Nothing to Hide, by J. Mark Bertrand.

In the third installment in J. Mark Bertrand’s excellent crime series about Houston police detective Roland March, we find March examining the body of a man dumped on a basketball court. The body’s head is missing, and both hands have been skinned. March’s former enemy – now his friend and partner – Jerry Lorenz, thinks there might be some significance in the fact that one of the fleshless hands is arranged as if pointing. March jumps a ditch to investigate, falling and injuring his back. And there don’t seem to be any clues in that direction.

But it’s early yet.

Nothing to Hide takes March on a dangerous and tragic ride that reintroduces him to antagonists from his own past, and forces him to push the edge of the law in order to pursue the impartial justice he demands for every victim, and for which he’s willing to put his life and freedom on the line. An interesting sideline is that part of the plot anticipates the ATF’s disastrous “Fast and Furious” program, although the book was written before that scandal was made public.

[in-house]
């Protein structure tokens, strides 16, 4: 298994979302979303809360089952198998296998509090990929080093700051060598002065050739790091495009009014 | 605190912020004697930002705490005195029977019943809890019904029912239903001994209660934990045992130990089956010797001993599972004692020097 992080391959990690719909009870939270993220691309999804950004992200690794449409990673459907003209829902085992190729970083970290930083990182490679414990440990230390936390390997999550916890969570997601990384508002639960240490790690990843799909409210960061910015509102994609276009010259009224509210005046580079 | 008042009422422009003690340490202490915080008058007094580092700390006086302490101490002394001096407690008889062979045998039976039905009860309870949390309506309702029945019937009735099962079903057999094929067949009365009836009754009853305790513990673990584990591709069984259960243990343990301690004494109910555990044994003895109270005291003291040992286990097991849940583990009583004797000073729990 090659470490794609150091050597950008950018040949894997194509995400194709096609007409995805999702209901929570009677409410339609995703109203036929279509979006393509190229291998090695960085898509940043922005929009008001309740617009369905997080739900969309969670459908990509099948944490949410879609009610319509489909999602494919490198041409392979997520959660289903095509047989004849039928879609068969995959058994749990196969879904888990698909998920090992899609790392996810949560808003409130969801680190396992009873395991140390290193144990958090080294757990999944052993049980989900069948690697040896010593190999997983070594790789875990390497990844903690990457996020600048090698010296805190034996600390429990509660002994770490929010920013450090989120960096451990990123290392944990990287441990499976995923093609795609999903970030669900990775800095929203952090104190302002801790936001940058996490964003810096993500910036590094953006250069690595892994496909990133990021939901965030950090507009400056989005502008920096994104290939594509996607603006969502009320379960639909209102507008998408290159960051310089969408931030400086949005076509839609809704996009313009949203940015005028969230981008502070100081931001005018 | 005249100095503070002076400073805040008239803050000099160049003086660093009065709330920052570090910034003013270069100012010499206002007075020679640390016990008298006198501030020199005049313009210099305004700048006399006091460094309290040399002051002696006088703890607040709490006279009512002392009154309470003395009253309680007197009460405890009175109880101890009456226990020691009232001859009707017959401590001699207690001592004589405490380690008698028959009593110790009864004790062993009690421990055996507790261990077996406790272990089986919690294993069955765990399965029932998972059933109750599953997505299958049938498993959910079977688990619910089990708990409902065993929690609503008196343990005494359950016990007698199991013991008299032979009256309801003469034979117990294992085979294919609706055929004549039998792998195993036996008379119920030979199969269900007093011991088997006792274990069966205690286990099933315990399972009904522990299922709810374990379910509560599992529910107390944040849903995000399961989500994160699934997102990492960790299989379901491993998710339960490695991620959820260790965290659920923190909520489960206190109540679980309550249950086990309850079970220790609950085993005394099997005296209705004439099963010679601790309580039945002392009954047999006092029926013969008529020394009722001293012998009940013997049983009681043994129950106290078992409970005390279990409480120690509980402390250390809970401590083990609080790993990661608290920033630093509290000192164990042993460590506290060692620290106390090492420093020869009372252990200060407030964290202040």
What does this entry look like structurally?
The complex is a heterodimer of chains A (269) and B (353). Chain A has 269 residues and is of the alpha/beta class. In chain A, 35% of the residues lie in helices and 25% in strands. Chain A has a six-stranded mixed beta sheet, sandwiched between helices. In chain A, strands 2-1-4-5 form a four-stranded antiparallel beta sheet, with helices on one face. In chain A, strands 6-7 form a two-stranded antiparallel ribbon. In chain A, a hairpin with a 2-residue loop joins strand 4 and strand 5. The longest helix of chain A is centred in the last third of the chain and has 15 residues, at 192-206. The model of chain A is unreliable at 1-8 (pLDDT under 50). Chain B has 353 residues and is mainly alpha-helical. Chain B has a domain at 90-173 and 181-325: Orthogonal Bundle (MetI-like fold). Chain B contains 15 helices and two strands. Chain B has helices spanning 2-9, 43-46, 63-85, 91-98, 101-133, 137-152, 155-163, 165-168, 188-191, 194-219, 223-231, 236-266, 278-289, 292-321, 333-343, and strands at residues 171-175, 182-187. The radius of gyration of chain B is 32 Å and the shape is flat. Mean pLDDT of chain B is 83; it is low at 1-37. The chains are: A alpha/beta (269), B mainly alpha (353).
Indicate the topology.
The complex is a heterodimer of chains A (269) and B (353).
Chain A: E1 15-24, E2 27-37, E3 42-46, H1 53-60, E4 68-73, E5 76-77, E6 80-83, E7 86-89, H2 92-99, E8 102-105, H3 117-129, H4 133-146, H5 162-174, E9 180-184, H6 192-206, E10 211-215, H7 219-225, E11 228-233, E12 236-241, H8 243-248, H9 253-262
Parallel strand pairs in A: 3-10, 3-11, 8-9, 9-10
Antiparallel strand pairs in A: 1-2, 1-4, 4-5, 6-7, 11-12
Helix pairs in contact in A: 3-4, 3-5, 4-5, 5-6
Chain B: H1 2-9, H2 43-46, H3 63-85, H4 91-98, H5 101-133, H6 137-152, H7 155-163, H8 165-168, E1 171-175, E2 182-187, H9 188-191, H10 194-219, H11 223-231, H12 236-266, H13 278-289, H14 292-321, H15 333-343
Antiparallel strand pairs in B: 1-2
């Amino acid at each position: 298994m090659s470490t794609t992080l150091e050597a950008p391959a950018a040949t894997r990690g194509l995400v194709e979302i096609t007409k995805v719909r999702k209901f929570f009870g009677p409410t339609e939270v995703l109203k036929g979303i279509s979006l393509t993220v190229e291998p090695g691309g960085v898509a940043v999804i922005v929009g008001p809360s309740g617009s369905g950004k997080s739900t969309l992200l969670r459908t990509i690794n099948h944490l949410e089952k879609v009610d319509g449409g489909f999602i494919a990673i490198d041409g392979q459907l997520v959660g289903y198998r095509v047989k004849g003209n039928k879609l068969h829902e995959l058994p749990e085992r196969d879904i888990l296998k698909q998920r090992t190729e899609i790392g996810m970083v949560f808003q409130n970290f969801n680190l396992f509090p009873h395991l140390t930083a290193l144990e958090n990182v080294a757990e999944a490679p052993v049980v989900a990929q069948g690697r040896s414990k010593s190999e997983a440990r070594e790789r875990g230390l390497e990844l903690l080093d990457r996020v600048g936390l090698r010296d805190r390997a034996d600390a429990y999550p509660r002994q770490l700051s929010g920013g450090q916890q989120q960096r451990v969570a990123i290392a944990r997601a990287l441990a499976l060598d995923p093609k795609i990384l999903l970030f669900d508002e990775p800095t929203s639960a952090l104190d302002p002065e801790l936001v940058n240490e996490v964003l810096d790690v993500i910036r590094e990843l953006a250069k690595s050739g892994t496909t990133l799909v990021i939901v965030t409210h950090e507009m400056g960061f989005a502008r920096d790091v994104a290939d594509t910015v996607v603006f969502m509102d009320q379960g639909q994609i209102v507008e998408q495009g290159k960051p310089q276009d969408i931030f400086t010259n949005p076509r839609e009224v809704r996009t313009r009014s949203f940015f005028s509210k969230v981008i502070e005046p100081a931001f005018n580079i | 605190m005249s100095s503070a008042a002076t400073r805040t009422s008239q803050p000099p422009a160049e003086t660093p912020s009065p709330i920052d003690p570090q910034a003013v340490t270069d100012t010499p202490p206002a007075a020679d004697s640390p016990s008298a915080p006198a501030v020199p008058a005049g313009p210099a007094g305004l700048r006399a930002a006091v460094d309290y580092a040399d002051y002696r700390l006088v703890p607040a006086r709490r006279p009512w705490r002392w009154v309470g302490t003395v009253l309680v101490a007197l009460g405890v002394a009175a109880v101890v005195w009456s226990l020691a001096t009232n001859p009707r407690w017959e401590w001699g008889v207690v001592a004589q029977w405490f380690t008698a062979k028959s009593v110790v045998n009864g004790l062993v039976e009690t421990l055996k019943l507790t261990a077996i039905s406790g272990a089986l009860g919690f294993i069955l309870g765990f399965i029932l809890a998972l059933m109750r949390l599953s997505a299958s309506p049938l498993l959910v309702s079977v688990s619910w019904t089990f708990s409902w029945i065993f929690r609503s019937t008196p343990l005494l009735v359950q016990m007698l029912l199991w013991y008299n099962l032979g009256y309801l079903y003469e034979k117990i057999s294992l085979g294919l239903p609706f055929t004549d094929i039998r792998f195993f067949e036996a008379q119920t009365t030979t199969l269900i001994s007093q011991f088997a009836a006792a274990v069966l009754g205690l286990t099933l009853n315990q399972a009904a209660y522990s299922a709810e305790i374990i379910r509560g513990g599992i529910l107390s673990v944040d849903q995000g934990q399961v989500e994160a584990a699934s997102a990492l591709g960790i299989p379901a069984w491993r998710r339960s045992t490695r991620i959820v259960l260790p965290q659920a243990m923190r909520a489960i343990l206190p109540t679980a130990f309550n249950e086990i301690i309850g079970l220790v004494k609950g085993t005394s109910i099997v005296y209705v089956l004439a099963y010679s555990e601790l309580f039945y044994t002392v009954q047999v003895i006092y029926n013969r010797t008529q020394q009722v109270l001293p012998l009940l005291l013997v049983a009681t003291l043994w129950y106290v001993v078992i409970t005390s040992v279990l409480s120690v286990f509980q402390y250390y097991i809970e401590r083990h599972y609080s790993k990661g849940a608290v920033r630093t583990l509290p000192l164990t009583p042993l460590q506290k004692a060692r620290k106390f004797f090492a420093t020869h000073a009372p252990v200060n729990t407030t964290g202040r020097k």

Strong stuff. I salute Bethany House for publishing a series so far beyond the usual standard of Christian fiction, both in quality and in subject matter. The Christian elements are there, as an integral part of the story, but the purpose here is to tell stories about the truth, not to present a gospel tract to the reader.

The book works fine as a stand-alone, but there’s a definite story arc in connection with the previous novels in the series. I’m contemplating re-reading them all to get the sweep of the thing. Highly recommended, with cautions for disturbing content.

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